Good morning Joseph,

> I root for the Lightening Network’s success, but it seems to have an inherent 
> weakness. Since routing tables are not part of the architecture how can the 
> sender chose the next recipient so as to effect an efficient path to the 
> ultimate receiver? With no routing table available the next receiver's 
> connection to the remote ultimate receiver or to the ultimate receiver’s 
> proximate connections is unknown. Even a powerful bridge node will not know 
> an efficient subsequent path and could send the message on in exactly the 
> most inefficient direction. How does choosing an efficient next intermediate 
> receiver not remain a guess, a shot in the dark?
> I don’t think any solution to the mesh network routing problem has been 
> found. What am I missing here? Thanks.

The current spec has each participant share their views of the entire graph 
with each other.  The payer uses its own local view of the entire network to 
create a route from payer to payee.  None of the intermediate nodes need to 
make any decisions or keep routing tables: the entire route has been found by 
the payer in the first place.  No guesswork is necessary: either you know of a 
route and can provide it entirely (so intermediate nodes never have to guess) 
or you know of no route and are unable to pay.

The existence of channels has a simple proof: every channel is backed by a 
2-of-2 multisig UTXO.  When sharing views of network graph, each channel in the 
view includes a reference to the UTXO backing it.  To show that the channels 
are indeed Lightning channels, a signature matching the 2-of-2 multisig is 
required.  The proof-of-channel-existence is thus the reference to the UTXO, 
plus a signature signing that reference.  If a node receives a supposed channel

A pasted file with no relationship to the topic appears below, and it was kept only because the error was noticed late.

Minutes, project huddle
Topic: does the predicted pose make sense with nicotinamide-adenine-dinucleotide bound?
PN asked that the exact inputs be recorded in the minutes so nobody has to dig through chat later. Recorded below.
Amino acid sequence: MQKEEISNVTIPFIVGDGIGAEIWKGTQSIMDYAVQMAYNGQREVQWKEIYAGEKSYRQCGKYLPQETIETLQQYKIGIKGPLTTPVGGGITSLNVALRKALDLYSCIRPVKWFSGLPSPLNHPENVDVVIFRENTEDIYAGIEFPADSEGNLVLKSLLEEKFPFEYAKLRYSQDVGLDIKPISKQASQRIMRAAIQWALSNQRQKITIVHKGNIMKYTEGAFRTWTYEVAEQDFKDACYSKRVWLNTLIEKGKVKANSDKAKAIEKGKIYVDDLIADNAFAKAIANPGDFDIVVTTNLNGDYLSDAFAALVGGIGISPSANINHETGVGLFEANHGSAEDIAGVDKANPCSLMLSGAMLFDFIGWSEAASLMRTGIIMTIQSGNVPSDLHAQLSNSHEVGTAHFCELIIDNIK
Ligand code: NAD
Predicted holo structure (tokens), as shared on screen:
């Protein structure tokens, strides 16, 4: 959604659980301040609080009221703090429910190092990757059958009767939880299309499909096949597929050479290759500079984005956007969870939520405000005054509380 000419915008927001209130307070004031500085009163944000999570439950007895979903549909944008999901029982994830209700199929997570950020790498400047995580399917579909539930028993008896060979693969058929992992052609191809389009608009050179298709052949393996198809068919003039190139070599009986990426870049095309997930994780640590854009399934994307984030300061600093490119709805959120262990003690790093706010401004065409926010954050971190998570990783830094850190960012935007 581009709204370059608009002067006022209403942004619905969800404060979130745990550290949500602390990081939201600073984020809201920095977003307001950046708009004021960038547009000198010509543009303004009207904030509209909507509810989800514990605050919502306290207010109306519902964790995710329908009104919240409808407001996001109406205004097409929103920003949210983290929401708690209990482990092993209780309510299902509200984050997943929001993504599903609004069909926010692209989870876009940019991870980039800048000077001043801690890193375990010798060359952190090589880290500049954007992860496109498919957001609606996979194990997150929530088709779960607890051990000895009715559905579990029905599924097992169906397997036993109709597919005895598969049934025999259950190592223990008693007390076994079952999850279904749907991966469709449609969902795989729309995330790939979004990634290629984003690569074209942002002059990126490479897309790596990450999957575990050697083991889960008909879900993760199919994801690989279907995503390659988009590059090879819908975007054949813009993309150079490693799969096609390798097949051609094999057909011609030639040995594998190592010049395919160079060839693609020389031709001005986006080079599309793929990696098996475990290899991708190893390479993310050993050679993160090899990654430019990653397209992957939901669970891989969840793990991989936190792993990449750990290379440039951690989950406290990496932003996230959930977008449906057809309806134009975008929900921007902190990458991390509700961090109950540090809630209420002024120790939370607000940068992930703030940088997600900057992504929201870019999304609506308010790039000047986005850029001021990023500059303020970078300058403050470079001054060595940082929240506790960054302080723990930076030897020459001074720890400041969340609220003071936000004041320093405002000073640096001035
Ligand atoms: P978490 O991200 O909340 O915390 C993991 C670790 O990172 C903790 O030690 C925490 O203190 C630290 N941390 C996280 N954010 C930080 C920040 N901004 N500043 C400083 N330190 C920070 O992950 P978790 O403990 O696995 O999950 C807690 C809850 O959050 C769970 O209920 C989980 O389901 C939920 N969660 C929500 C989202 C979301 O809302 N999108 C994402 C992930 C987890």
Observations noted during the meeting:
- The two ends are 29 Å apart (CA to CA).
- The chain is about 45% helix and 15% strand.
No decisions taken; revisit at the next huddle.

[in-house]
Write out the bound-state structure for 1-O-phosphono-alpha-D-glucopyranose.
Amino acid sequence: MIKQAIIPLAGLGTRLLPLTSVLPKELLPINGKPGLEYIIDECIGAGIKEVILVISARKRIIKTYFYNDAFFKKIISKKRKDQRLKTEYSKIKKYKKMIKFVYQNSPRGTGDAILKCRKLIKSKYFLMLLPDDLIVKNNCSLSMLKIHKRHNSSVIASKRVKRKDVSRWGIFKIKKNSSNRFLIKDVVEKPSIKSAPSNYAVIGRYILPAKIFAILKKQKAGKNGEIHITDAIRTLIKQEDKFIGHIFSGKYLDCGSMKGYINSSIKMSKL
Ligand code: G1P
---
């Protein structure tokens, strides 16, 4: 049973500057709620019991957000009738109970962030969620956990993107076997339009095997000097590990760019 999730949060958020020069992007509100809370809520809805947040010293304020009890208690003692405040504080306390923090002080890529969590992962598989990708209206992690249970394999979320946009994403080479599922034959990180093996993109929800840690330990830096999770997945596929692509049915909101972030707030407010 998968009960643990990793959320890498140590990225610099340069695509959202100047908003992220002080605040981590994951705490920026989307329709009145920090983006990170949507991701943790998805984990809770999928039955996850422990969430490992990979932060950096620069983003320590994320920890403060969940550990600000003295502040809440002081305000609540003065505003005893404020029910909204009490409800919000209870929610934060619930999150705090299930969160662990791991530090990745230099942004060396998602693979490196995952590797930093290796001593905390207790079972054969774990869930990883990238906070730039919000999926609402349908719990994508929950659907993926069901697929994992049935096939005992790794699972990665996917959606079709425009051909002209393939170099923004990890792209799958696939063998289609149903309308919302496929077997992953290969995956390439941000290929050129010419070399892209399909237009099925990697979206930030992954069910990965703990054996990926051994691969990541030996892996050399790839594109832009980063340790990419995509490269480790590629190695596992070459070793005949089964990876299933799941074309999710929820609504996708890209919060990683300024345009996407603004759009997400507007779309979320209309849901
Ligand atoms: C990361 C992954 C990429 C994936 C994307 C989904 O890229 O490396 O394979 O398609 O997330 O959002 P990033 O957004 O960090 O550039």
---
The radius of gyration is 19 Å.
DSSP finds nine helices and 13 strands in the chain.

from a peer, but the UTXO does not exist or is already spent, then the node 
ignores that channel and does not add it to its local network view..  It is 
thus not possible to fake a channel (to spam the network views of Lightning 
peers) without actually committing money into some UTXO, which deters spam.

The solution currently in use is simple and direct, at the cost that each node 
has to keep a view of the entire network.  The so-called "Lightning Network 
scaling problem" is largely a problem of these local network views becoming too 
large for low-end devices to keep; perhaps the Eclair developers should chime 
in at this point, since they target mobile devices and may be able to give a 
perspective on whether the network map is too large for mobile devices already.


The mesh network routing problem in general can be solved by self-addressing 
packets (like IP (the Internet) uses).

When a node receives a packet that is not addressed to it, it looks up the 
destination address in its routing table. If it does not exist in the routing 
table, then the node simply throws it to some other peer, which at least is 

Similarly, a "payment packet" can offer a forwarding fee and the payment.  When 
a node receives it, it could deduct some part of the fee for itself and attempt 
to forward it to one of its other peers.  The more accurately it can forward 
the payment, the more likely it can earn from the forwarding fees (if the 
payment fails to reach the destination then the node cannot earn fee).  Even a 
simple "try all your peers" approach would in aggregate result in a 
breadth-first search of the network graph, so if it is reachable then the 
payment will indeed get forwarded.  The drawback is that it reveals the 
destination of the payment, which is why Lightning went with onion routing.

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